Justice Minister David Ford announced a review of sentencing policy for those found guilty of murder, on 11 June 2012.
Mr Ford said the review would go ahead once the Court of Appeal had completed its consideration of the sentence handed down to John Paul Wootton in the case of the murder of Constable Stephen Carroll.
Constable Carroll was shot dead in Craigavon in March 2009.
Mr Ford said sentences for the murder of police officers would form a major part of his review.
The minister questioned the value of a sentencing council, as proposed by the SDLP, saying it could be "costly to establish, costly to maintain".
Mr Ford said the Lord Chief Justice had agreed to allow two lay members to join his judicial sentencing group.
Earlier in the debate, in proposing the DUP's motion calling for a review of sentencing policy, Jonathan Craig told MLAs that sentencing guidelines for the murder of police officers appeared to value the life of PSNI officers lower than those in Great Britain or the Republic of Ireland.
He observed that there was a mandatory sentence of 30 years for the killing of a police officer in England and Wales, and 40 years in the Republic of Ireland.
Mr Craig described the killing of Constable Carroll as "the most serious murder case since the formation of the Police Service of Northern Ireland".
He added that his party would not support the SDLP's amendment.
Alban Maginness proposed the SDLP amendment calling for the setting-up of a sentencing guidelines council.
Mr Maginness said it was important to send out a strong message to those who would attack the police, and there was a need to address the issue of public confidence in sentencing.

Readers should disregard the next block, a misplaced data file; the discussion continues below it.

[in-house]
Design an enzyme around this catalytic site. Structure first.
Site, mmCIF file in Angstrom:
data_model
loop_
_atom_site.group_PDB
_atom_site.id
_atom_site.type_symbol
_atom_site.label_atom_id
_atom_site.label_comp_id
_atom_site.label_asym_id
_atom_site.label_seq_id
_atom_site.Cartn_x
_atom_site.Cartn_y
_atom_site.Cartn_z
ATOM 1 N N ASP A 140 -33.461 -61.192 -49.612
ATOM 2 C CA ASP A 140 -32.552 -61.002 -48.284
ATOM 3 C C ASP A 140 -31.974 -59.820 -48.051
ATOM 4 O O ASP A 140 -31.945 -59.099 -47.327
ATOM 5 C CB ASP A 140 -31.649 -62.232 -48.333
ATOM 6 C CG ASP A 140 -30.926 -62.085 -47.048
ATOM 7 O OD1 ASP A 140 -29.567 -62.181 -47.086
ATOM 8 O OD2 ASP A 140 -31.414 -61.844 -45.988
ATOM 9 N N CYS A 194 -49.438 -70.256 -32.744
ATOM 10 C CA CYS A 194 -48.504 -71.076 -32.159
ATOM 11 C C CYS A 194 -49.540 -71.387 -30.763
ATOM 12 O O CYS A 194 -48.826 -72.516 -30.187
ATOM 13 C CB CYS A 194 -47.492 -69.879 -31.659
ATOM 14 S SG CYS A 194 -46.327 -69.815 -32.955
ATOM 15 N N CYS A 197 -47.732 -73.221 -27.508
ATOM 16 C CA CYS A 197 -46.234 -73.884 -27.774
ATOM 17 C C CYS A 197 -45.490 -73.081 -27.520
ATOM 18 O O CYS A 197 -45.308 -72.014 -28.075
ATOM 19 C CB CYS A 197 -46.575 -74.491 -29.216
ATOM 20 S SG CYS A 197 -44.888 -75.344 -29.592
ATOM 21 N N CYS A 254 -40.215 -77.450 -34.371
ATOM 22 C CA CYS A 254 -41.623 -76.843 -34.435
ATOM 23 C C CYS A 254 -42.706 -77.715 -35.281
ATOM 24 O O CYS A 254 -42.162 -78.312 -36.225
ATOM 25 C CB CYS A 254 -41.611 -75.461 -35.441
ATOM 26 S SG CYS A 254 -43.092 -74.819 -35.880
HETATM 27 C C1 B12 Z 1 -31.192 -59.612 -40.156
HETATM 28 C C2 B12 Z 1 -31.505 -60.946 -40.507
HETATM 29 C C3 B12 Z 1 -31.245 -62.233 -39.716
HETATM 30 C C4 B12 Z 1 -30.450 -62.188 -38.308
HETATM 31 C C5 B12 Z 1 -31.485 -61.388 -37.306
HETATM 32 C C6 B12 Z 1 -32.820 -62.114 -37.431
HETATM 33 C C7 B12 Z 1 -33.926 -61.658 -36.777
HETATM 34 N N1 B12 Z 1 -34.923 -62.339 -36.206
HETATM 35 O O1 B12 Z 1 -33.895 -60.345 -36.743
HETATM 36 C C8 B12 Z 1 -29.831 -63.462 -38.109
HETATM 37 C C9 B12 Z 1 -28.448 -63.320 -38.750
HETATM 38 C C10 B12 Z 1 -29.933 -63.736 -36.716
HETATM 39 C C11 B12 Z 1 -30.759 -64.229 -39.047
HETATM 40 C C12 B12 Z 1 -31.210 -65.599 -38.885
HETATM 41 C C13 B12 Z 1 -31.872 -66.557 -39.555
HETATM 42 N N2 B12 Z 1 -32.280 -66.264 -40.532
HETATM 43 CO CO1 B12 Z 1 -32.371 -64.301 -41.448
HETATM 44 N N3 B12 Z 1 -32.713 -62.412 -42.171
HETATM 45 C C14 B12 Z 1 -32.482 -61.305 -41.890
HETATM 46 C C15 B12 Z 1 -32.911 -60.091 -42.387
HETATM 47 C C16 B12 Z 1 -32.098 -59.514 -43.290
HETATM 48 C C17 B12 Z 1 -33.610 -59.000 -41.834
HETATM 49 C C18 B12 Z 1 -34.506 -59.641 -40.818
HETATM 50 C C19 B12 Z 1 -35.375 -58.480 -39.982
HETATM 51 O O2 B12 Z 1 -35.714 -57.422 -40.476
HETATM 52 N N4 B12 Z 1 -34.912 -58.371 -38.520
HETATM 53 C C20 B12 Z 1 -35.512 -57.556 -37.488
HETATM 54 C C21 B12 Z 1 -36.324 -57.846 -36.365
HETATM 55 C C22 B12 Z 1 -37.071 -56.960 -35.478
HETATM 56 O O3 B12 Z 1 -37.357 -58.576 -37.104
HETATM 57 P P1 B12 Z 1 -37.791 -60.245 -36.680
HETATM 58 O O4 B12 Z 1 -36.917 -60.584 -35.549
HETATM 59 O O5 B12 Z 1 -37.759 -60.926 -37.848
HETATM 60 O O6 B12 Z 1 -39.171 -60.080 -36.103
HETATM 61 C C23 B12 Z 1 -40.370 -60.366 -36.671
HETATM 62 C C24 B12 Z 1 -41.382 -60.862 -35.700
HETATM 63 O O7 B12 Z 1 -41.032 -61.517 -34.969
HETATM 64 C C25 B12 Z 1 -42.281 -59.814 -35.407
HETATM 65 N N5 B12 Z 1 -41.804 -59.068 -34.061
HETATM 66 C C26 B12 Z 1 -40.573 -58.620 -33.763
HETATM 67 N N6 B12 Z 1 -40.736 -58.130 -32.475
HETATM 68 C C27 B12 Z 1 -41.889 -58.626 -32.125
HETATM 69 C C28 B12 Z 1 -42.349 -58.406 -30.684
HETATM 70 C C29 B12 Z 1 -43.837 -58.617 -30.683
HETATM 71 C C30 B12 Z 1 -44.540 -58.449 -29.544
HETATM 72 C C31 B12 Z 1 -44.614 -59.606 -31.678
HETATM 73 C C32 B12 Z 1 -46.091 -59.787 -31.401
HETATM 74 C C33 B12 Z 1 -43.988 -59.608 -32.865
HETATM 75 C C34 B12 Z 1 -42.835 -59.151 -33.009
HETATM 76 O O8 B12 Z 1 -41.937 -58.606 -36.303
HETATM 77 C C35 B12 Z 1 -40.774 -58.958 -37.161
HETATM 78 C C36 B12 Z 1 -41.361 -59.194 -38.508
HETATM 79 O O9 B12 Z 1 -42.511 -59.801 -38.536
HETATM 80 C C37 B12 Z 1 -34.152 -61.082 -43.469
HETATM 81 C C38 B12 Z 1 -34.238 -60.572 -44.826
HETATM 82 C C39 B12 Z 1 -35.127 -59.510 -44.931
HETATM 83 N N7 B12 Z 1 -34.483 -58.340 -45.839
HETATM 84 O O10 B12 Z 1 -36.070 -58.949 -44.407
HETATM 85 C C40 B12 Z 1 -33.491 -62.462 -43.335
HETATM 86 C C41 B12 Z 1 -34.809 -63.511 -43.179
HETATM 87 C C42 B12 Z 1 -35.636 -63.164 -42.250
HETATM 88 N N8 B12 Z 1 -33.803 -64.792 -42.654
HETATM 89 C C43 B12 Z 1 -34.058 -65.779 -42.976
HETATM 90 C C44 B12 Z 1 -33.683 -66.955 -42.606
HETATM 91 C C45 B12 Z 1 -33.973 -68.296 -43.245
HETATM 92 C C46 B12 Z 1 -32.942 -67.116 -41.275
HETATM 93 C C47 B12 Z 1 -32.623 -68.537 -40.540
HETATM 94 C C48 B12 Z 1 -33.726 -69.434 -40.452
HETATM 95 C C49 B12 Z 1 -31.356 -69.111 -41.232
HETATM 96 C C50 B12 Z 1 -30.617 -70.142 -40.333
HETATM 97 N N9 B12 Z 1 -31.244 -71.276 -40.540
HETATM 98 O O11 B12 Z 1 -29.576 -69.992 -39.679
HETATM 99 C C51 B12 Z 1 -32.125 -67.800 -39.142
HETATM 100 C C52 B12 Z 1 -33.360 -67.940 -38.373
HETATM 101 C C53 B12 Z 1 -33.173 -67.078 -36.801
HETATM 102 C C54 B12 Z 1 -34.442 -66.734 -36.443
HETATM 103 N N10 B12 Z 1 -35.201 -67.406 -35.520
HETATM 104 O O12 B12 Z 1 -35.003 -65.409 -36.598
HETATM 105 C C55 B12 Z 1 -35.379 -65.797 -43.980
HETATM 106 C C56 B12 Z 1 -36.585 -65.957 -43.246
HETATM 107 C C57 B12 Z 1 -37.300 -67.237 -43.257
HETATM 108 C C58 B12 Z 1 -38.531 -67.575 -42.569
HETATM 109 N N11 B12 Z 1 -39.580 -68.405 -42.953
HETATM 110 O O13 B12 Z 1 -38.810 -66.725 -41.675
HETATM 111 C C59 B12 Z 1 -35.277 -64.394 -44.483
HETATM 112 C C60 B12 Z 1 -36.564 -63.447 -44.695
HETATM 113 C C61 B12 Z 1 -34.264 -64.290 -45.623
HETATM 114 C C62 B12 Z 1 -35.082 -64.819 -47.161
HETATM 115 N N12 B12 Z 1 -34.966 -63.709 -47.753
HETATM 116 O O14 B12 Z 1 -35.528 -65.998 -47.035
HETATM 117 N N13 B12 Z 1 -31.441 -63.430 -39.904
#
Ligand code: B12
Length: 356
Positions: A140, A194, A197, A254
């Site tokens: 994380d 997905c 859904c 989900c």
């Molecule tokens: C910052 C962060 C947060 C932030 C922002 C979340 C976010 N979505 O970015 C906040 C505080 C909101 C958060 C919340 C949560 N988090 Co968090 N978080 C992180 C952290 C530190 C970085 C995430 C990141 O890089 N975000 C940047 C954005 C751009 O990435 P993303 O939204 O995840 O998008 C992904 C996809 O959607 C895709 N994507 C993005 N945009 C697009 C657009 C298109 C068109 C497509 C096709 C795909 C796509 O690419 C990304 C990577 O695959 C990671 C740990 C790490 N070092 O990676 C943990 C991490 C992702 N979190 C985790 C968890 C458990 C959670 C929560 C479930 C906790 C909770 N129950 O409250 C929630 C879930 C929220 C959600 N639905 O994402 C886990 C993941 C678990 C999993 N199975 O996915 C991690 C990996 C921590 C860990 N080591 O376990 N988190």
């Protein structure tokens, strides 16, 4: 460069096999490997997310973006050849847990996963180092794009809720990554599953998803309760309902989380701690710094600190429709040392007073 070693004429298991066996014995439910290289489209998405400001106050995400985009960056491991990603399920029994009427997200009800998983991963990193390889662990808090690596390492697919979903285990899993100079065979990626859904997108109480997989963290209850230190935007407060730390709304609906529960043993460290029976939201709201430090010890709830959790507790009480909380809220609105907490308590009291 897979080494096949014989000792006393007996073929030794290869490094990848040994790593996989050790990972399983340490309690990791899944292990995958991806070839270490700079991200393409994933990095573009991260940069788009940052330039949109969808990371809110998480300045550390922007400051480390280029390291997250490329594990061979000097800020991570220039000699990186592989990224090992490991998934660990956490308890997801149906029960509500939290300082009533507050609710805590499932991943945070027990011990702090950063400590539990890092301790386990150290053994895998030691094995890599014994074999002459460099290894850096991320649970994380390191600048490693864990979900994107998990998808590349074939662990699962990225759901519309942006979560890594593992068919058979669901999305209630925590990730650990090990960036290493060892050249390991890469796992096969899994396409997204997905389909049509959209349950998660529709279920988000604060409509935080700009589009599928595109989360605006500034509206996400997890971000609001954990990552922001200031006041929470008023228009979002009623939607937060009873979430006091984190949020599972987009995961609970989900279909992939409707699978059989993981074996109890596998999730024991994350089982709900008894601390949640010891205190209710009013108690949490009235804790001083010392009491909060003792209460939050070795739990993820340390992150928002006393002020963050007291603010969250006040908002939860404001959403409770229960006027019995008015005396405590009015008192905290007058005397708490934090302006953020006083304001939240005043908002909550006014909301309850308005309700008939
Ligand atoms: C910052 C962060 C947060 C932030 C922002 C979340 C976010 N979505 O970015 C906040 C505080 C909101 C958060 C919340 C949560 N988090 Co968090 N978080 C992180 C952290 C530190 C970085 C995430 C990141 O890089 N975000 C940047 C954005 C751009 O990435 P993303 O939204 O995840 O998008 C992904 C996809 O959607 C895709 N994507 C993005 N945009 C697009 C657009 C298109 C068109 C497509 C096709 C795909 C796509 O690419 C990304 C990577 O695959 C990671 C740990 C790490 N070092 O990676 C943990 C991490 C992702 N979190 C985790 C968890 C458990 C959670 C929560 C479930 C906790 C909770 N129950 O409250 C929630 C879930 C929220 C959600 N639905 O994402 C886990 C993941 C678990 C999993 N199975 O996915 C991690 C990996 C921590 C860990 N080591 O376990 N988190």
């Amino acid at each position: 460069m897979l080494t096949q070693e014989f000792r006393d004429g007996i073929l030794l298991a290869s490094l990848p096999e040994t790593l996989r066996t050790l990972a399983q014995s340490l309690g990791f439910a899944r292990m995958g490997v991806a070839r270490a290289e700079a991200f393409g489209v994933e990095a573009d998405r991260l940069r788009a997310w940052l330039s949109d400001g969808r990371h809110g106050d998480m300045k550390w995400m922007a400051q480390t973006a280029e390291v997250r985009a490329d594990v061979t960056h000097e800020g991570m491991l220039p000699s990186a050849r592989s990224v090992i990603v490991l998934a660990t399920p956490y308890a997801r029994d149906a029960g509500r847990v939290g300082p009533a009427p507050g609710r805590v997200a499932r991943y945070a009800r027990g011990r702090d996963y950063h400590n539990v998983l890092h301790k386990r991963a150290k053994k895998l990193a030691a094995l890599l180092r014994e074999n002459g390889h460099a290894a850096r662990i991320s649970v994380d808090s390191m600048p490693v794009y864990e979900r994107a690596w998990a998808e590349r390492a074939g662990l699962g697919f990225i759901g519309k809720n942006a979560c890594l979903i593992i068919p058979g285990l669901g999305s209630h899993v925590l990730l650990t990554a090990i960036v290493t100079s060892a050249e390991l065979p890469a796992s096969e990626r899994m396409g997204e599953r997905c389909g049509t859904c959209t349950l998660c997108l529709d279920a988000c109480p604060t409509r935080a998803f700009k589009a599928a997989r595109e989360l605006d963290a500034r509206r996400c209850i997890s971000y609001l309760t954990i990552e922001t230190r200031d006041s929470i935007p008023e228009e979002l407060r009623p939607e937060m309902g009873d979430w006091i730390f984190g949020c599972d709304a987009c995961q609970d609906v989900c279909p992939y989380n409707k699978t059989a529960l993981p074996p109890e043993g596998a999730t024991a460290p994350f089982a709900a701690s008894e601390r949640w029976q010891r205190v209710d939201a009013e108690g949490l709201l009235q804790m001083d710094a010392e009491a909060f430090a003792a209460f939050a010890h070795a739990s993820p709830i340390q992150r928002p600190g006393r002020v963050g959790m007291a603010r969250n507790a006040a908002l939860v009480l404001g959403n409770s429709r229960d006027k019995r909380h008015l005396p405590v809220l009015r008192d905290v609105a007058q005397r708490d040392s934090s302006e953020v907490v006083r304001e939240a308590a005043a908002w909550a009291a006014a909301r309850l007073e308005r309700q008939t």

"It is our view that a council should be the preferred method for dealing with sentencing, and sentencing guidelines," he added.
Sinn Fein's Raymond McCartney said his party would be supporting the SDLP call for a sentencing council.
He said it was his opinion that the house "should not divide over this motion".
Ulster Unionist MLA Ross Hussey said he was proud to have worn the uniforms of both the RUC and the PSNI.
He described the system in New South Wales, Australia, where a life sentence meant imprisonment for life in most cases.
Stewart Dickson of Alliance expressed his sympathy for Mrs Carroll, as had all the other speakers, and said his party would not be supporting the SDLP amendment.
Jim Allister of the TUV spoke against the involvement of politicians in judicial matters citing the early release scheme, which had allowed for the release of paramilitary prisoners as part of the peace process.
"Our system does allow a review", he said.
The SDLP amendment was defeated and the DUP motion was carried on an oral vote.